Nicolas evaporates, and she knows that the moment of victory is upon her. The pain of the final contraction rages through her, her womb wrung out by a downward force so intense that it wrests a violent shout from her at the moment of the two bodies separating. At exactly the same time, perfectly in sync with the wave of agony, a single cold shudder runs down from between her shoulder blades to the small of her back as, in a liberating moment of painful relief, the two souls detach from each other.
Then the doctor throws something hot and soft and slippery onto her chest, something screaming in protest, and she realizes with her eyes closed that this freshly made and tender being is her son. She confirms this fact when she hears the phrase “Here he is, safe and sound, God bless him!” uttered first by the doctor and then many more times by other voices. Initially she can tell whose voice is whose, and distinguish their faces, but then the faces begin to pass by her at speed, as if she were watching them through the window of a fast-moving train. As the voices get deeper and deeper, they get farther and farther away and then repeat themselves more and more until they all merge, weaving themselves into a single thread that she tries in vain to grasp as she is swept away by a swirling vortex of unconsciousness.
Later she comes back around to welcome her child with infatuated teary eyes. When she looks at her doctor, however, her eyes are lowered and shy, and when she turns to her husband, her eyes shoot out sparks of fury at him—and at all men. This fury is weakened when he embraces her tenderly, sympathetically; many contradictory feelings fight each other inside her then: a feeling of blame, ascribing to him sole responsibility for the pain and terror that had engulfed her, and a new love that she sees with her own eyes, pulsating in a little bed near her, and joy that she is here, alive and well. Crying, she hits her husband on the chest, pouring out the rest of her tears and her emotions.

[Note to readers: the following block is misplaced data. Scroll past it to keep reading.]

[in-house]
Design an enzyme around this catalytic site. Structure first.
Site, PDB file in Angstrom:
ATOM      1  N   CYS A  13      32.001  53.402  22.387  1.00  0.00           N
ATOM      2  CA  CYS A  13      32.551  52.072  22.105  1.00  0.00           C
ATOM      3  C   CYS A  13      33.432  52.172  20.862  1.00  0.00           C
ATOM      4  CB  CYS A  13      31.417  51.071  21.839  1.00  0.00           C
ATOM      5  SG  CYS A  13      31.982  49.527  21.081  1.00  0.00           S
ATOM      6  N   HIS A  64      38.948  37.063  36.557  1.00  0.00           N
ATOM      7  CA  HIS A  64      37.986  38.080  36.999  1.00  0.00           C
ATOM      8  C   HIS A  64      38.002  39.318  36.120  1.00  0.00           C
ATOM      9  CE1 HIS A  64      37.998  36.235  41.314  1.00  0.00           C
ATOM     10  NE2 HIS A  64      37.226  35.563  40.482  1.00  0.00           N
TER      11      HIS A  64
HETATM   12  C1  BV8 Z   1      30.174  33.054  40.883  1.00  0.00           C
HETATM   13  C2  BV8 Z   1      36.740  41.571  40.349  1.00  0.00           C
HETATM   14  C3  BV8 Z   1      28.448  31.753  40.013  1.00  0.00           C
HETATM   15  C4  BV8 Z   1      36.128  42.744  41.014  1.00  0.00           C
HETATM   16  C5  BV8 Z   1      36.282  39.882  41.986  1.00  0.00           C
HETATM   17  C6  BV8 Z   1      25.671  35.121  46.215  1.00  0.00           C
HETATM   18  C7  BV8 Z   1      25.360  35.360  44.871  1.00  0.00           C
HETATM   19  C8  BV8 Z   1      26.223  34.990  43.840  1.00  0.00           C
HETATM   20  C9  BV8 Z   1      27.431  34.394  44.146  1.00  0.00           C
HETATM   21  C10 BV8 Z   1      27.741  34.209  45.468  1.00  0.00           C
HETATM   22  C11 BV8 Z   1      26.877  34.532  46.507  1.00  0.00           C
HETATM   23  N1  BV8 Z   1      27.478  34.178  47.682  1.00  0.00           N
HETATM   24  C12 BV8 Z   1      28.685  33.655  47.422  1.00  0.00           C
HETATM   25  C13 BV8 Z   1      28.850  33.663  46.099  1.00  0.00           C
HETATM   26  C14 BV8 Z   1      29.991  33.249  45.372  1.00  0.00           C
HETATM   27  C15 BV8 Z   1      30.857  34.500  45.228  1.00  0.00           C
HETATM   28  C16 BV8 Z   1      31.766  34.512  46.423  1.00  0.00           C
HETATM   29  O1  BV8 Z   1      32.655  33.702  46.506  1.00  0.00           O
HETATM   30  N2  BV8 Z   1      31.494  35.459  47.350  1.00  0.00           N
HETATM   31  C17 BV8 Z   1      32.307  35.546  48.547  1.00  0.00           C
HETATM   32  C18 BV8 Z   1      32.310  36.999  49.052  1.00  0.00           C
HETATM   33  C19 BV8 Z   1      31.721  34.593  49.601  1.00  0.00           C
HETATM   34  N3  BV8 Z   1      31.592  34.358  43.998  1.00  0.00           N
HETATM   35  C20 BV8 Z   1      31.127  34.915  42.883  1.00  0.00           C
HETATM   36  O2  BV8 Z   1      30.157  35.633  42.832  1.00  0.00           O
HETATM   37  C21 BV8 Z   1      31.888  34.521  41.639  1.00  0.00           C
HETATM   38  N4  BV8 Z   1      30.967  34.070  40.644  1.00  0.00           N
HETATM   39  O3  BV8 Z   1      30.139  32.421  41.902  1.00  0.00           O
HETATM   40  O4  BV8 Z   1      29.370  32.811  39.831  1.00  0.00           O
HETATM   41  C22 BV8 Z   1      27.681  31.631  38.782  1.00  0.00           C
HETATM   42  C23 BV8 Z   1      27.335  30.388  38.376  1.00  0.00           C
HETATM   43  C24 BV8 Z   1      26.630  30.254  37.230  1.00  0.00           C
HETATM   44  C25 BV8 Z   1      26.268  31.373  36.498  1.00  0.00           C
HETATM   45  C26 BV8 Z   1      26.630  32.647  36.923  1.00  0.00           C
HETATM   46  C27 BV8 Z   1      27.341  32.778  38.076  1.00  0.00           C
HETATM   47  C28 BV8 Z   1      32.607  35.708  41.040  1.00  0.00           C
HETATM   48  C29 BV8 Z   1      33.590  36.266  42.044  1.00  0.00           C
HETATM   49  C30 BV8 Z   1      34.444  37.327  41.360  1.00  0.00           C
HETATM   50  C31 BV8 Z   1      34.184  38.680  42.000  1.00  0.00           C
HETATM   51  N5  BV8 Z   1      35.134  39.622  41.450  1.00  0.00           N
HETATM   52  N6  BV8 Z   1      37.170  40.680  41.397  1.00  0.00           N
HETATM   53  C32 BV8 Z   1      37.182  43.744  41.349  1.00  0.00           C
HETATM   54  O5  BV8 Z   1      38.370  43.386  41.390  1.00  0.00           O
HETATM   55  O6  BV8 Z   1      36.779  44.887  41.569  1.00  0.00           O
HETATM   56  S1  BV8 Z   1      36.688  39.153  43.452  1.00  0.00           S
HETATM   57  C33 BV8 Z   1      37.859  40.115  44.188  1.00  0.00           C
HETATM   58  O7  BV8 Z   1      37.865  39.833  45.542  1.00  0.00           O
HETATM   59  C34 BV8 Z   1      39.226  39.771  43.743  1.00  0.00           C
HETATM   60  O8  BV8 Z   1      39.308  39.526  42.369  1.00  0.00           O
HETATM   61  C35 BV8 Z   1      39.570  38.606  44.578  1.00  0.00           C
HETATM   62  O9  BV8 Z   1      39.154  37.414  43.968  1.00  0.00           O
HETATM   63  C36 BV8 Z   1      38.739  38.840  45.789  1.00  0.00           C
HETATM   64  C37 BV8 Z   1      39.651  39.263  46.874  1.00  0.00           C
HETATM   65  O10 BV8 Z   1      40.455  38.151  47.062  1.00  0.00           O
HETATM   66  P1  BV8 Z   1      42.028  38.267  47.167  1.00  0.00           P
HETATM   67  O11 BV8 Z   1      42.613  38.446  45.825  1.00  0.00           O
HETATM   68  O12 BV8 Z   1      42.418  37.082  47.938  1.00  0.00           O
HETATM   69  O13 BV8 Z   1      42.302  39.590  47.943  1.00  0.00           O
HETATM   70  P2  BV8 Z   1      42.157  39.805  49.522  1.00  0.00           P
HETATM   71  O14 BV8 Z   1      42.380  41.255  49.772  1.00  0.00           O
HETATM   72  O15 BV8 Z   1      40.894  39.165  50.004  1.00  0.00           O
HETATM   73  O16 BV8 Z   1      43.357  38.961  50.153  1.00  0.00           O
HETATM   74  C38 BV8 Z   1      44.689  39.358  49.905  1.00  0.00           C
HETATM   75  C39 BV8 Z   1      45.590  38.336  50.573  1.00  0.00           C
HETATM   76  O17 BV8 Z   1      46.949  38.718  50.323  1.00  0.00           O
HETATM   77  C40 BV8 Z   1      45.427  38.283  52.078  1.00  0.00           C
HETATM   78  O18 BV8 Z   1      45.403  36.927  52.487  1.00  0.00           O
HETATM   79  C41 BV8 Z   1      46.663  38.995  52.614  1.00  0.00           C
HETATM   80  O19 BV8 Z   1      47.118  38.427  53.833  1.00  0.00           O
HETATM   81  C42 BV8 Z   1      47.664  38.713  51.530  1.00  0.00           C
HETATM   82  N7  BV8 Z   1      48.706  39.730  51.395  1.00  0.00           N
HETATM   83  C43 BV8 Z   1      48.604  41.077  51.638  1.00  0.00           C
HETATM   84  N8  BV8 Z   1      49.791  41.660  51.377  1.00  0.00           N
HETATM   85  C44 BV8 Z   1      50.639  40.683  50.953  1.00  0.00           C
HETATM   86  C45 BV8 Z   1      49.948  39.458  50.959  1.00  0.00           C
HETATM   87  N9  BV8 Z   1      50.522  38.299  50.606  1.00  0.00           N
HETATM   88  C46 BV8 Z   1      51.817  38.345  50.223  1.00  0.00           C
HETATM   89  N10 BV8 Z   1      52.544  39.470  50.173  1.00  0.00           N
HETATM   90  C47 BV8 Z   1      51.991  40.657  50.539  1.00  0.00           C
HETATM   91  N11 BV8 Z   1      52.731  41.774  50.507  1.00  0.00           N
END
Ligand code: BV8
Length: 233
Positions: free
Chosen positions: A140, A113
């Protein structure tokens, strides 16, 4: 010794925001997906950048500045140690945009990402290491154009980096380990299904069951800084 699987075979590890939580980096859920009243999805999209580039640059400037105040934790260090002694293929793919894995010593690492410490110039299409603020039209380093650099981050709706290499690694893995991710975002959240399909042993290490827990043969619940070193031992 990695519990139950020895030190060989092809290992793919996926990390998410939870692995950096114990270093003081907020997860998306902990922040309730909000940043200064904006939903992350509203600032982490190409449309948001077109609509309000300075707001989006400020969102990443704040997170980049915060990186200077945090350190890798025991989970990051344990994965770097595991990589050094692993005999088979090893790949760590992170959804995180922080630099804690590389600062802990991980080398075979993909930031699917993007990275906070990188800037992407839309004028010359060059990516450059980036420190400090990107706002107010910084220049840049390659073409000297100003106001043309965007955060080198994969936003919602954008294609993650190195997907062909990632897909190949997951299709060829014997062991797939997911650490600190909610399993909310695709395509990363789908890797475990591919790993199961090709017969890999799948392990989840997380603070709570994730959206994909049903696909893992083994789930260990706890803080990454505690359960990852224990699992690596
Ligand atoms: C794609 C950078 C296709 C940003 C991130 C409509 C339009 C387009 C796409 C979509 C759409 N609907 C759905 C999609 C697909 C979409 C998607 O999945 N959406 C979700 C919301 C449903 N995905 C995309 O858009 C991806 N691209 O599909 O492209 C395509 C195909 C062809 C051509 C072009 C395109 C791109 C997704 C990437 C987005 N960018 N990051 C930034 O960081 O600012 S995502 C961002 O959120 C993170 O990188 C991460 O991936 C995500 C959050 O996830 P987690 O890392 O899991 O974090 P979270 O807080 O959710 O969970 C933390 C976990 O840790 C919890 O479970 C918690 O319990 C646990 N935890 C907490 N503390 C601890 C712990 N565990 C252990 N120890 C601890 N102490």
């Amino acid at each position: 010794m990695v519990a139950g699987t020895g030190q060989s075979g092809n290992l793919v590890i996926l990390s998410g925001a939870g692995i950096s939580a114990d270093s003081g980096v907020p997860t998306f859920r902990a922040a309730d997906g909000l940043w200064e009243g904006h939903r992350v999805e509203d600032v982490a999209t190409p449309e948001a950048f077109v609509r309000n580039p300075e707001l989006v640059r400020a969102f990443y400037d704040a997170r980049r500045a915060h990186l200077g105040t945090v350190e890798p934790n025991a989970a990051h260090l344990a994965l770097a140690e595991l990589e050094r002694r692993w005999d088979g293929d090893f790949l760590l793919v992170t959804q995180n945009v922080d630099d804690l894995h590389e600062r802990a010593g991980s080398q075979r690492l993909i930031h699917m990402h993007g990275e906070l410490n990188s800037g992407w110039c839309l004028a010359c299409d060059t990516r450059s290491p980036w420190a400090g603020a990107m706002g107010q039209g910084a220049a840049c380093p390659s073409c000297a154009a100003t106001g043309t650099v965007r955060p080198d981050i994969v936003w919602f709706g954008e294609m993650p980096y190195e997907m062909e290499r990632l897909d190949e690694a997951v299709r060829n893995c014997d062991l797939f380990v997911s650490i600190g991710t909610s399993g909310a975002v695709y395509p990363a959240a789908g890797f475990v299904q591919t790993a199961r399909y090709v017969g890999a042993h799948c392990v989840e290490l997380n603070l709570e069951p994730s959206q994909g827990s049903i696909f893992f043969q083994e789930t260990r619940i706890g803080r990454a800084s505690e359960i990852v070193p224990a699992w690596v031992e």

After a while she calms down, and looking up at him with a joking caricature of an argumentative expression, she whispers: “Have you seen how beautiful our son is? Just like me!”
Before leaving the hospital she swears the solemnest of oaths that this will be the last time: she assures everyone that she will not be putting herself through this painful experience ever again. And she doesn’t forget to mete out a stream of foulmouthed curses—on marriage, on the day she ever even considered getting married, on women and their lives, and on children and the worries they bring!
She still remembers clearly, to this day, her husband’s smile after she was done cursing, as well as his arms around her as she carried the child out of the hospital. “His smile is still the same,” she says to herself now, as she lovingly contemplates his face in front of her, running her hand over her three-year-old only son’s hair as he sleeps at her side. Touching her flat, empty belly, she whispers to her husband in a trembling voice: “I miss that lovely feeling of butterflies fluttering in here.” Drawing the child in closer to her, she continues, “Can you believe I miss that pain? That pain that squeezes your body almost to death, but brings out life.”
Her smiling husband doesn’t utter a word. The black band over the left corner of his picture hanging in front of her appears to writhe, but she ignores it and stares at the white wall around the frame. The whiteness takes her back to the bleached-out room in the hospital, and to a day when the child was only a few months old. Everything had happened so fast that morning, despite the war, which had become slow and protracted. She hadn’t imagined it could spread to her house and destroy her nascent happiness with the speed of a sniper’s shot that wasn’t even visible to the naked eye. That day she had just wept silently at her husband’s bedside. She hadn’t shouted or screamed, or fallen to the floor in grief. “Believe me,” she whispers to him now, “all that stuff is just a trick they play in movies. When your sadness is truly vast you can’t even shout.”
Now she speaks louder, clearly audible: “That happened in the same hospital where I gave birth to our son—do you know how amazing it is, and how painful, for death and life to be as close as neighbors?”
The man’s smile in the picture is tight and pained, and the woman allows her tears to flow as she murmurs to him, “Keep smiling, I’m begging you, for our sake. Don’t worry, we’re doing alright,” as she clings to the child with all the determination of the life force inside her, clinging on, clinging on.
Calmly, Behind My Cat
I leaned on the wall to catch my breath, and realized that playing and running had taken me far from home. I began to sob loudly, calling out for my mom.
My cat didn’t seem as scared as me. She was meowing insistently and walking two paces ahead of me, and repeatedly turning back to rub herself against my leg. I remembered what my father had said a few days before: “Cats always come home. They skillfully find their way, and back they come.”
He was smiling when he said this, his eyes following my cat as she walked arrogantly along the edge of the wall surrounding our house. That morning he had put her in a cloth bag and fastened it securely onto the back of his bike, ignoring my pleas and yielding to my mother’s insistence. I’d heard her saying to him, “That cat has lapped up his mind. They’re almost never apart! I tell you, I hear him talking to her, and I find her in his bed at night!” Then she added, imploring and emphatic, “I’m scared for him, I really am. Do me a favor—go on, get her out of my hair.”